The public service broadcaster's move further cements Leeds' reputation as the centre of the North, and 300 jobs are set to be relocated from the capital as part of the plans.
With bosses at Channel 4 also aiming to boost the amount of spending on programmes outside of London by Â£250 million, the future is looking bright for the region.
But for those who may be uprooted to the North as part of the relocation, life in Yorkshire could present something of a culture shock for the unacquainted.
Here are a few essentials Londoners need to know about Leeds.
Londoners can look forward to having quite a bit of pocket money left over if they relocate to Leeds, as properties here are a mere bargain by comparison.
While the average property price in London is an eye-watering Â£656,217, the average in Leeds three times cheaper at only Â£213,101, according to Zoopla.
And you'll likely get a lot more for your money too, with more than one bedroom and room to wander around.
Nights will no longer take their toll on the purse strings, with the average cost of a pint in Leeds nearly half what it costs in London.
Beer drinkers can revel at the refreshingly affordable Yorkshire price of just Â£2.60 a pint, compared to London's steep average of around Â£4.57.
Up North, that's nearly two for the price of one.
The Yorkshire dialect can be tricky to understand, so Londoners will have to adjust to our unique turn of phrase.
'Ey up' is an essential all southerns will need to familiarise themselves with, as Leeds folk tend to do away with the typical 'hello' greeting in favour of this far friendly phrase.
'Be reet' may be dropped into conversation at work and is a Yorkshire way of assuring someone everything will be fine, while 'got monk on' could be used to refer to someone who is in a grump.
We also eat breadcakes in the north, not a bap or a roll, and we're rather partial to a proper brew (Yorkshire tea only).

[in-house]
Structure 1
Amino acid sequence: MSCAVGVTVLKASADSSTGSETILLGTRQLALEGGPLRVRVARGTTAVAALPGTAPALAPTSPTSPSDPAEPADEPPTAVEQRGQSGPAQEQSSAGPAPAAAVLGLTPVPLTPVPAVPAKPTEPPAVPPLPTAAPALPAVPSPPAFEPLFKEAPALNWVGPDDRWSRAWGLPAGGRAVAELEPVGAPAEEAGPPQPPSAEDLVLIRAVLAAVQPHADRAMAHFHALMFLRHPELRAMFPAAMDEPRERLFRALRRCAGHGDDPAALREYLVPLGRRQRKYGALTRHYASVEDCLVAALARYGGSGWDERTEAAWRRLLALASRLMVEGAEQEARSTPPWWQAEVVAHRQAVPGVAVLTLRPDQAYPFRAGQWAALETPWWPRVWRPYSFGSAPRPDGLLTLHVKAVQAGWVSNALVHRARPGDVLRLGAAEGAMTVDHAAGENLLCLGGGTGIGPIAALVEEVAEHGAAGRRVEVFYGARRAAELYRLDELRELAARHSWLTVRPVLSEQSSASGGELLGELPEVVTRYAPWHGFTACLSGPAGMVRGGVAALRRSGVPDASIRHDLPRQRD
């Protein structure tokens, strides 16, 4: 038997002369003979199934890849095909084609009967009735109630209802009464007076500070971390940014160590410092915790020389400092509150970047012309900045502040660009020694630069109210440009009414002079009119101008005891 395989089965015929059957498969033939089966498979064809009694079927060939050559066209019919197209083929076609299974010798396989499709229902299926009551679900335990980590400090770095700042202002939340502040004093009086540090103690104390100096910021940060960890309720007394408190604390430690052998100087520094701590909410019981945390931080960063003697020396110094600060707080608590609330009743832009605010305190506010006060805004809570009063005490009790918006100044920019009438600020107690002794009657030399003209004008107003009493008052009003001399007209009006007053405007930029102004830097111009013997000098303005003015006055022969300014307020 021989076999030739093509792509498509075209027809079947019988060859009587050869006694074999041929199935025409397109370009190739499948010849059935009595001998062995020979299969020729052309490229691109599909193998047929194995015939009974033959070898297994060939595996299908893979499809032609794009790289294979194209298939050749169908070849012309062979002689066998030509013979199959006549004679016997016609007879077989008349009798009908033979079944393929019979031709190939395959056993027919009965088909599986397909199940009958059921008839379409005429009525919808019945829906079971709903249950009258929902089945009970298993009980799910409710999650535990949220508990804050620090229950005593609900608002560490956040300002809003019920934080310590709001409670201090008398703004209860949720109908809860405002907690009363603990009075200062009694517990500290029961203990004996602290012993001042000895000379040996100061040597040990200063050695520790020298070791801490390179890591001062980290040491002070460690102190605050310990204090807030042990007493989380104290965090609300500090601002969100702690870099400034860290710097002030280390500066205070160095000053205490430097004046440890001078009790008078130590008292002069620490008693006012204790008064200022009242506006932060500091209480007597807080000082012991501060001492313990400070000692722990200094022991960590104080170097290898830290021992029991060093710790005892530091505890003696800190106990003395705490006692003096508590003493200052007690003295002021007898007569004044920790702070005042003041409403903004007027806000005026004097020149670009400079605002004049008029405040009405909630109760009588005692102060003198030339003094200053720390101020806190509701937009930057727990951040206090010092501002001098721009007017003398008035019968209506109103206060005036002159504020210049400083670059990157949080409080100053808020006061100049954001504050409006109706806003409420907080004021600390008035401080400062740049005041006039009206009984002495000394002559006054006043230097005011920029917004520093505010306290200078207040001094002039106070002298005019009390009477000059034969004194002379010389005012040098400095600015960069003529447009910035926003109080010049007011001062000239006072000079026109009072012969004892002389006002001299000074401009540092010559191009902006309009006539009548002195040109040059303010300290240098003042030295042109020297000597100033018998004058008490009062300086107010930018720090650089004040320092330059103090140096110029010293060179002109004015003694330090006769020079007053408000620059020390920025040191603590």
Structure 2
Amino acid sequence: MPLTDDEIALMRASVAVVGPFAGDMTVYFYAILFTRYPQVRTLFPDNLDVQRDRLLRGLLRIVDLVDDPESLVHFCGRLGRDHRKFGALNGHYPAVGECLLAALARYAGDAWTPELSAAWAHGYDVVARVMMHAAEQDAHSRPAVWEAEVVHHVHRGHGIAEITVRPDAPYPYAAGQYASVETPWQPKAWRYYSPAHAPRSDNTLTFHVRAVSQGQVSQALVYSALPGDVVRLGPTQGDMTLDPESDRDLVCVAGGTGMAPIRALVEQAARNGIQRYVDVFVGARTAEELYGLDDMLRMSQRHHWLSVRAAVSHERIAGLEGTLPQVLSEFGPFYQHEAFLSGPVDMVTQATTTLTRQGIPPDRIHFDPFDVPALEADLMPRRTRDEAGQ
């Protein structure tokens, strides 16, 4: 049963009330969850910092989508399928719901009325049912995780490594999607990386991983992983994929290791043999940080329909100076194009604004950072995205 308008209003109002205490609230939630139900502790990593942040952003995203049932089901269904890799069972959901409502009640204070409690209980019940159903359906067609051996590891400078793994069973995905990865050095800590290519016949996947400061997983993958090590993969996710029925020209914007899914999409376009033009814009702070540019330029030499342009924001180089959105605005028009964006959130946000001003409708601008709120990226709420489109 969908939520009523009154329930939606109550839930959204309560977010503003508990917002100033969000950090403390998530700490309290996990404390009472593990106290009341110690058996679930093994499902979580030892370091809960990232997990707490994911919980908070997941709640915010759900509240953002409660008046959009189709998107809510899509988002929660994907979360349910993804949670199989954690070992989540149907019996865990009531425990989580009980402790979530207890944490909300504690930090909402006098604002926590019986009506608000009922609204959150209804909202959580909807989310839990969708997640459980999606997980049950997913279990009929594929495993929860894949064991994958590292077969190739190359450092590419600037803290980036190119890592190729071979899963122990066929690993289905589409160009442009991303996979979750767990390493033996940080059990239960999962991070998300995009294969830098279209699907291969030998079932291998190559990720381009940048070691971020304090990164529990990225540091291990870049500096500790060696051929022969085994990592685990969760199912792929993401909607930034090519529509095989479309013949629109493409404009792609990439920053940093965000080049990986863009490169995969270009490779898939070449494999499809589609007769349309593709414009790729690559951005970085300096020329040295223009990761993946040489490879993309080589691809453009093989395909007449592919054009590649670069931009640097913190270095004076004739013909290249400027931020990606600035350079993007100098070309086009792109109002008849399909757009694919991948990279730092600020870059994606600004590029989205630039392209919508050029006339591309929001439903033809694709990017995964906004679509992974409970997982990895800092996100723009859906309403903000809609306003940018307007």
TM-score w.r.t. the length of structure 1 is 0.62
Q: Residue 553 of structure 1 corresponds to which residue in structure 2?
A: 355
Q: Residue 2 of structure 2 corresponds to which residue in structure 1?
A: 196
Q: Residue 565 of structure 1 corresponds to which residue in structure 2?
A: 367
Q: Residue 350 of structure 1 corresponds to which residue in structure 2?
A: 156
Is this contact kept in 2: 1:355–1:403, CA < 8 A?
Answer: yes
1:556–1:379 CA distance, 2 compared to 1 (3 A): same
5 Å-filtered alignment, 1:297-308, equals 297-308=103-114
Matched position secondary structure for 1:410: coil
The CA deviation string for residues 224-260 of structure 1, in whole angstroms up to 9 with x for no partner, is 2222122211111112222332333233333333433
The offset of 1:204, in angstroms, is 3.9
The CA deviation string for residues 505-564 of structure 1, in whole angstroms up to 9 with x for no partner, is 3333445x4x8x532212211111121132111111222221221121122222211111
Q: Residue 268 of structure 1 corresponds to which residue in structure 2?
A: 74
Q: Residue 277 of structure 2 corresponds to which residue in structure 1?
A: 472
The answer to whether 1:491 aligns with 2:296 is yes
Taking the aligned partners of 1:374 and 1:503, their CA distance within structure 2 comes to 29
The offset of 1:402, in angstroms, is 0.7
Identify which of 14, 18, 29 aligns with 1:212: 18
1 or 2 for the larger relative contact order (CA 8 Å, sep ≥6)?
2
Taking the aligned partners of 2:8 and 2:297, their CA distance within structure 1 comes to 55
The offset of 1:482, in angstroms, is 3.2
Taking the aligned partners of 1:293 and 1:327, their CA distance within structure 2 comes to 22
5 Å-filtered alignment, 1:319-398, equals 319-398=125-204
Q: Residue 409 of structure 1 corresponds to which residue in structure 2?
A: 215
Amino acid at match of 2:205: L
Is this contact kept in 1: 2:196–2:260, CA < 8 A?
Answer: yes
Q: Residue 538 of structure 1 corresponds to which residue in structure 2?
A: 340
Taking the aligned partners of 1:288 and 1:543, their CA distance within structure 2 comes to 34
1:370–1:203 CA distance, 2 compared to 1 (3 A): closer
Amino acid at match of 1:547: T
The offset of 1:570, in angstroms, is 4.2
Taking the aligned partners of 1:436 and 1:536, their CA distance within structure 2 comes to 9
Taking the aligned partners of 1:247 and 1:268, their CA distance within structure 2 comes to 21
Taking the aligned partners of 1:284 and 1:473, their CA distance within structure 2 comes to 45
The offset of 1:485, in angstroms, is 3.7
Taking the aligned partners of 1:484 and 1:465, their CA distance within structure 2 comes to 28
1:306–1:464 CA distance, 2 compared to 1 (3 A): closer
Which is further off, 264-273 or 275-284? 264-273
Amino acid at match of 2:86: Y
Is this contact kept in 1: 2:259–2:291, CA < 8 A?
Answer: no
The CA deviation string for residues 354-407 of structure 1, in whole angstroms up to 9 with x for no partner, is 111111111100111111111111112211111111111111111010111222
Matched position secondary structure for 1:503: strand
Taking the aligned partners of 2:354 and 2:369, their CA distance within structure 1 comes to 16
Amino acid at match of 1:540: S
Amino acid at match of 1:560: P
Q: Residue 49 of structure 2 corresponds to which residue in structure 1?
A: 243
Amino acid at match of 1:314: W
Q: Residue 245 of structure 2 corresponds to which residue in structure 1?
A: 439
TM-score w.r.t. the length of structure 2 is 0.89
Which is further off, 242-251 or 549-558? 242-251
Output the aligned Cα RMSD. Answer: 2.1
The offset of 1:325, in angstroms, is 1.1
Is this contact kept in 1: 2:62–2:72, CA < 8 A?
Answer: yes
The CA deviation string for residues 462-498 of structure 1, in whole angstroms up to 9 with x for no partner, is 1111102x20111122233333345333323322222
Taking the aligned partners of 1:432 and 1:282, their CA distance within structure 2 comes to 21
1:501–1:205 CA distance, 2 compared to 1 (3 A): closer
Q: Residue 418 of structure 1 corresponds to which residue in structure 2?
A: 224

London may be celebrity central, but the North has had its fair share of stars over the years.
Spice Girl Mel B, Harry Potter star Matthew Lewis, Bridget Jones creator Helen Fielding and furniture maker Thomas Chippendale are just a few of the famous folk who were proudly born out of Leeds.
London may be home to the mighty Houses of Parliament, the impressive London Eye and the like of Buckingham Palace, but that's not to say there's not much to see here in Leeds.
Harewood House serves as our own version of the Queen's abode, where visitors can enjoy artwork, attractive gardens and a visit delightful family of Penguins.
The Tower of London may be a mighty fortress, but in the north we house the UK's national collection of arms and armour, which can be viewed on display at the Royal Armouries.
And history fans won't be short of an attraction or two, with the National Coal Mining Museum, spooky Armley Mills and exceptionally gory Thackray Medical Museum all calling Leeds home.
It may not quite live up to the grandeur of the National History Museum in London, but Leeds folk have never had any complaints.
Where to shop
Keen shoppers will need to make themselves well acquainted with 'Briggate' when they land in Leeds - the main shopping street for those not in the know.
It may not boast a Harrods, Selfridge's, or Fortnum and Mason, but we're more than happy with our Marks and Spencer, Topshop and Poundland all rolled into one close vicinity.